Growing bones: how important is exercise?

Petit, Moira A., Macdonald, Heather M. and McKay, Heather A. (2006) Growing bones: how important is exercise?. Current Opinion in Orthopaedics, 17 5: 431-437. doi:10.1097/01.bco.0000244035.86799.5b

Author Petit, Moira A.
Macdonald, Heather M.
McKay, Heather A.
Title Growing bones: how important is exercise?
Journal name Current Opinion in Orthopaedics   Check publisher's open access policy
ISSN 1041-9918
Publication date 2006-10
Sub-type Critical review of research, literature review, critical commentary
DOI 10.1097/01.bco.0000244035.86799.5b
Volume 17
Issue 5
Start page 431
End page 437
Total pages 7
Place of publication Philadelphia, PA, United States
Publisher Lippincott Williams & Wilkins
Language eng
Subject 111712 Health Promotion
110314 Orthopaedics
Abstract Purpose of review: The aim of this review is to summarize what is known about the relationship between childhood physical activity and bone mineral mass, bone geometry and bone strength. Recent findings: A number of studies consistently show a beneficial effect of childhood physical activity on bone mineral accretion. Recent data suggest that hormonal milieu, stage of maturation and the type of activity influence how much and where (periosteal or endocortical surfaces) new bone is laid down in response to loading. Individuals who are consistently active during adolescence reach adulthood with better bone geometry, and greater bone strength. Pre and early puberty are an opportune time to introduce osteogenic activities. Summary: It is clear (in our opinion) that mechanical loading dominates bone adaptation during growth, and other factors such as nutrition, disease and hormonal milieu may mediate the effect. The exact prescription for optimal bone development is not yet clearly defined, but activities that induce moderate to high-impact with fast strain rates in unusual patterns have a positive effect on bone development, even with only a few loading cycles. Inserting rest between activity bouts has promise as a means of optimizing the bone response to loading in brief periods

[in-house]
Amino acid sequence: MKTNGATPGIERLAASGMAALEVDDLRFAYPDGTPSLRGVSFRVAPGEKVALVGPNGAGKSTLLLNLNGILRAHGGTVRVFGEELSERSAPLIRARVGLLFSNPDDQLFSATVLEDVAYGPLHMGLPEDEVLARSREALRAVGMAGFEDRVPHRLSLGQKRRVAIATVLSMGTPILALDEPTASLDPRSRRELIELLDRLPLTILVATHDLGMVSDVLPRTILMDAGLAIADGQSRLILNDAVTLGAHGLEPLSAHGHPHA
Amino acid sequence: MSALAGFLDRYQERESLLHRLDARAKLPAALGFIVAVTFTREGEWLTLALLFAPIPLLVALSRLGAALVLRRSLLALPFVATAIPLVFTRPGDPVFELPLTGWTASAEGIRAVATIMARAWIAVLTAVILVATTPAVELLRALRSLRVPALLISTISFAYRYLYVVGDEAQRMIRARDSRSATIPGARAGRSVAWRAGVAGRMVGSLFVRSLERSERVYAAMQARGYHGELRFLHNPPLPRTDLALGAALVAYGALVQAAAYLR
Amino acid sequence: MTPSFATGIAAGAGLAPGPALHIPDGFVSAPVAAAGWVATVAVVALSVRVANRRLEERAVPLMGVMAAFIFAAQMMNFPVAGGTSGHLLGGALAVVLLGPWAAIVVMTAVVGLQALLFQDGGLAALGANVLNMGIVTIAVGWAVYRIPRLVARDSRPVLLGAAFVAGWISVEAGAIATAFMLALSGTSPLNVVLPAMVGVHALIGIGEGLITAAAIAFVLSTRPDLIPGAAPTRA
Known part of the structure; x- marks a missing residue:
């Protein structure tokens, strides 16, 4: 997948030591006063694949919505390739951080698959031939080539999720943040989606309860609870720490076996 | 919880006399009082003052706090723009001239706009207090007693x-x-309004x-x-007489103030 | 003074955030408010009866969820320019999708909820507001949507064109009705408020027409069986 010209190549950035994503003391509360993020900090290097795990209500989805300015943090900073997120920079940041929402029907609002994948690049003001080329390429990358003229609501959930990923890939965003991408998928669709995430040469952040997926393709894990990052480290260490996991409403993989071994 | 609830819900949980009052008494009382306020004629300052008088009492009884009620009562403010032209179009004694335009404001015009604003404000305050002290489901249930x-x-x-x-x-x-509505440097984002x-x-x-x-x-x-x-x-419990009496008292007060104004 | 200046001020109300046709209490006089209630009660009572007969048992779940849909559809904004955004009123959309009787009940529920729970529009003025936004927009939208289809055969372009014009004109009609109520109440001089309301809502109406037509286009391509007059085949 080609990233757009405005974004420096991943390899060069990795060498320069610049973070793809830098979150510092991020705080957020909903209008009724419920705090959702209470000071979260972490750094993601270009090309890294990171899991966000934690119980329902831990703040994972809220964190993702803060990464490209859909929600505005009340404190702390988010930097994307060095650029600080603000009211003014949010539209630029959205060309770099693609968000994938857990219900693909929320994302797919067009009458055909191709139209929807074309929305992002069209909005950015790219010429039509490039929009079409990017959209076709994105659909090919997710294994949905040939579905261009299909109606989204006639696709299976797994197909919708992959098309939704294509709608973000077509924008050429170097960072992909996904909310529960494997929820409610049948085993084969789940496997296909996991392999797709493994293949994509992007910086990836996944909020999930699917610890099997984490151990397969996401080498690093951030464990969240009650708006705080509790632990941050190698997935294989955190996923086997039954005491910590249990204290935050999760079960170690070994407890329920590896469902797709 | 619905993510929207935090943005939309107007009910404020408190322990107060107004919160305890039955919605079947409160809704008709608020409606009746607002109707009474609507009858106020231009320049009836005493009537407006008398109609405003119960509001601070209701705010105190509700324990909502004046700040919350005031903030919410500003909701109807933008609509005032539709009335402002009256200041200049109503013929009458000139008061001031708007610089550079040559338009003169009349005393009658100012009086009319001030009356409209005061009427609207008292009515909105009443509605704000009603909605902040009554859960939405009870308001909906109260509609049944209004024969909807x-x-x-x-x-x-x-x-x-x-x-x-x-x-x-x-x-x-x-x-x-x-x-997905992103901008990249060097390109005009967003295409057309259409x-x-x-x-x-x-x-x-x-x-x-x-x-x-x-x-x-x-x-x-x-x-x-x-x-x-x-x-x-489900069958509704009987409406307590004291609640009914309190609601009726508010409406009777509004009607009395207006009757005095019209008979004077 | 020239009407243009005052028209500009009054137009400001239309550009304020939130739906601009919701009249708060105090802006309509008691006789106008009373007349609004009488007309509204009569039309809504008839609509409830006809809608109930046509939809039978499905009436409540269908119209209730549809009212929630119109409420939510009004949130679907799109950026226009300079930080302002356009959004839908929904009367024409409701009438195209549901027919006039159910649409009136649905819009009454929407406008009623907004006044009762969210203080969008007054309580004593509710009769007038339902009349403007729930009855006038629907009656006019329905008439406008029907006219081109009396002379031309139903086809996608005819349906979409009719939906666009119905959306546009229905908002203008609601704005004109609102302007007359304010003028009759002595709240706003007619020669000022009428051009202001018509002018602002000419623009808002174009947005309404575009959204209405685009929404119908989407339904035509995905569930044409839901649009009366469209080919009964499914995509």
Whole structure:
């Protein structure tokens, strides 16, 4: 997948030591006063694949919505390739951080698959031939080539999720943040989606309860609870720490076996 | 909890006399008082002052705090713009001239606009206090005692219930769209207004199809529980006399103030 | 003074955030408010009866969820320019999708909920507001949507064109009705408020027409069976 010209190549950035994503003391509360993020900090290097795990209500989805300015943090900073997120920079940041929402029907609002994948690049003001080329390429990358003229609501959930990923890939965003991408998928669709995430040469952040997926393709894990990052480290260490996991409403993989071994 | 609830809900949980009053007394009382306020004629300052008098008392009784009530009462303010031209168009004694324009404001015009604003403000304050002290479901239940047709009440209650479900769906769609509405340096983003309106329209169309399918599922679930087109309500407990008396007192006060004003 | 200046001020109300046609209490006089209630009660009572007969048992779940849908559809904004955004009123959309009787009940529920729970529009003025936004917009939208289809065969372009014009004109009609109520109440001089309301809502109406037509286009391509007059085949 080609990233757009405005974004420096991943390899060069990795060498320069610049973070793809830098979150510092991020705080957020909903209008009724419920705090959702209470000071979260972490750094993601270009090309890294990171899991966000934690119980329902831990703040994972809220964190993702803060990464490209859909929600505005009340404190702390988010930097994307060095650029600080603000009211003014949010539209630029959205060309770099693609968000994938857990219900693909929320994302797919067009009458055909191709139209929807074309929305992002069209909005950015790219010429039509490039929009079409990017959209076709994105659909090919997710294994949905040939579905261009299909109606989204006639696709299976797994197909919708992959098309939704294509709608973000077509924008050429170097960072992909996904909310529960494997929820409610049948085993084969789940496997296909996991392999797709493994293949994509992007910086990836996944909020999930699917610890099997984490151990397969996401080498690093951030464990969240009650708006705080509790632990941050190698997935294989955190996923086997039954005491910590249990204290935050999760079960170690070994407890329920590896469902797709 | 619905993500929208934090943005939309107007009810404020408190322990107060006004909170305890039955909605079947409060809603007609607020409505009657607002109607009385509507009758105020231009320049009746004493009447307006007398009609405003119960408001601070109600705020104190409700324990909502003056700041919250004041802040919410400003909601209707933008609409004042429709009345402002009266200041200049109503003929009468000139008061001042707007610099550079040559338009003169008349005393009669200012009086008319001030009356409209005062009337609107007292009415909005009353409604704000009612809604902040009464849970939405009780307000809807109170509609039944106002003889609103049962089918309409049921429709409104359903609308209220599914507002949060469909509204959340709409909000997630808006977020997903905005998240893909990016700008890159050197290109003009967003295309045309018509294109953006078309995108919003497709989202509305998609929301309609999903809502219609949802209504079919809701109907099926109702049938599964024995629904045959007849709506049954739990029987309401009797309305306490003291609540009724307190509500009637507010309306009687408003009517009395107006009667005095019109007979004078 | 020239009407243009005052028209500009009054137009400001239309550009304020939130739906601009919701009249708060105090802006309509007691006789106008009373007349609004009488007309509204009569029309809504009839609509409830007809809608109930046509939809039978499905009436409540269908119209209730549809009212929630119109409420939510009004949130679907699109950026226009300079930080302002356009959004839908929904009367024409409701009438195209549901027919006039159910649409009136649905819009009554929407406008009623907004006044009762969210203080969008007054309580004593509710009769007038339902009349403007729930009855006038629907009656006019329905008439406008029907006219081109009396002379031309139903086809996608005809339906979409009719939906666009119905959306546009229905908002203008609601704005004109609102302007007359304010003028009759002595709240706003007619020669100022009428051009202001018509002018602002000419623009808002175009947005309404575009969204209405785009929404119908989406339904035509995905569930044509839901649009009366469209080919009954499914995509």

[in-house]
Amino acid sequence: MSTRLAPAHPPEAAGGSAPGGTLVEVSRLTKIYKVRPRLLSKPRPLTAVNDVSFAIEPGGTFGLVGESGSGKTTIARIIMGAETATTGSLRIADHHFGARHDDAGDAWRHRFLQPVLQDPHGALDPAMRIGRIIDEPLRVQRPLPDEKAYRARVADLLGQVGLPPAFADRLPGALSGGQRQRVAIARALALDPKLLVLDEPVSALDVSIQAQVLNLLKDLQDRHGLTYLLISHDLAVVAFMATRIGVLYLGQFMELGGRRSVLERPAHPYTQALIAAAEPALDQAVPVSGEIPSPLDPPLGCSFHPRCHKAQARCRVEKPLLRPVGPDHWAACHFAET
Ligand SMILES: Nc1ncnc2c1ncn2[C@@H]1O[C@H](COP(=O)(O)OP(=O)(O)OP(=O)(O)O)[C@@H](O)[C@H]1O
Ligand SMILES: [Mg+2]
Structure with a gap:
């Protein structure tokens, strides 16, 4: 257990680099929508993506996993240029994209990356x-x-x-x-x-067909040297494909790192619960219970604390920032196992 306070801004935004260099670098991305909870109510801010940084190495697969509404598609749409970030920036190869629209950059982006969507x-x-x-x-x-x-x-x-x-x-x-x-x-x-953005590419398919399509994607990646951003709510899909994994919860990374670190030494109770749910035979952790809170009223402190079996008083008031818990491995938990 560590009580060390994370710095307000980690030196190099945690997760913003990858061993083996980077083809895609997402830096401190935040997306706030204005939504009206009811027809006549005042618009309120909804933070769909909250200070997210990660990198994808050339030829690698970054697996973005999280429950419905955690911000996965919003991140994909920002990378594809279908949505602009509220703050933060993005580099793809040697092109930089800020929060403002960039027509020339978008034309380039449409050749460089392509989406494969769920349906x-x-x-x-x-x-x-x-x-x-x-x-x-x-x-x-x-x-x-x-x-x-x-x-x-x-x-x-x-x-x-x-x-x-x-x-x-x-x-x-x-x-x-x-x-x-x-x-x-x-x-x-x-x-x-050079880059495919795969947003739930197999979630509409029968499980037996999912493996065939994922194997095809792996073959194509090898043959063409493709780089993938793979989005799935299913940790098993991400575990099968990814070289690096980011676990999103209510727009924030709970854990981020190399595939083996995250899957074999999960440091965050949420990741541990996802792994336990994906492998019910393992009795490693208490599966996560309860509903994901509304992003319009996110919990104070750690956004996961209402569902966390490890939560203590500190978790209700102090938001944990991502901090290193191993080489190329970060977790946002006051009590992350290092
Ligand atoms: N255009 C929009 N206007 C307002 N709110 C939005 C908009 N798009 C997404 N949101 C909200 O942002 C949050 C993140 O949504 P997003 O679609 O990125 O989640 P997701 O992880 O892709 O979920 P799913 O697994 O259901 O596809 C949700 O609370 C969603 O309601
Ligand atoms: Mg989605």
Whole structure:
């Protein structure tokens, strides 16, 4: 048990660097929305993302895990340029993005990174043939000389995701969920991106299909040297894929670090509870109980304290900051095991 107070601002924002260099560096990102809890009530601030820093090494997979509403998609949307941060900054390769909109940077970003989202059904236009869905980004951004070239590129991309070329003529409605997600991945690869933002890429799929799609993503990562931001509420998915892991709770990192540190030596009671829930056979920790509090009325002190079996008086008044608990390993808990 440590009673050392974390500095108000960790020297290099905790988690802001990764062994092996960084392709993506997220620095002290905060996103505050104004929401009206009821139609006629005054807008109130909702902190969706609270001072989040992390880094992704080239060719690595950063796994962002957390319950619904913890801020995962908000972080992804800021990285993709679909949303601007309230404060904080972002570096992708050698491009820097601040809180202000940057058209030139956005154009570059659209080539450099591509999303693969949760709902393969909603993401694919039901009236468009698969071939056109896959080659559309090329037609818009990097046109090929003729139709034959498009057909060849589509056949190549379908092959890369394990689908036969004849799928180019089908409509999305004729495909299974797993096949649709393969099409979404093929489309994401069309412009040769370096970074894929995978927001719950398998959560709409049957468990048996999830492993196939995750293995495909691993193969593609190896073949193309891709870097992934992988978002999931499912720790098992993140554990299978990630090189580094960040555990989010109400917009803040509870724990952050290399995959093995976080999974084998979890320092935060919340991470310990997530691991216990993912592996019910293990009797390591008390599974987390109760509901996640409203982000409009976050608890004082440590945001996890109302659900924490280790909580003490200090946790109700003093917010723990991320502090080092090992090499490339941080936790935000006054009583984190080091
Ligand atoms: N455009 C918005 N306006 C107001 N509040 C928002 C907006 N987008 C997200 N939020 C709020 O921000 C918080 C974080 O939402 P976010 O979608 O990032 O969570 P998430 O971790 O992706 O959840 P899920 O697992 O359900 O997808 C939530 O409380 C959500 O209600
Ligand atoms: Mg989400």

Keyword bone geometry
bone mineral density
physical activity
Q-Index Code C1
Q-Index Status Provisional Code
Institutional Status Non-UQ

Document type: Journal Article
Sub-type: Critical review of research, literature review, critical commentary
Collections: Excellence in Research Australia (ERA) - Collection
School of Human Movement and Nutrition Sciences Publications
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Created: Tue, 24 Mar 2009, 16:31:53 EST by Alexandra Cooney on behalf of School of Human Movement and Nutrition Sciences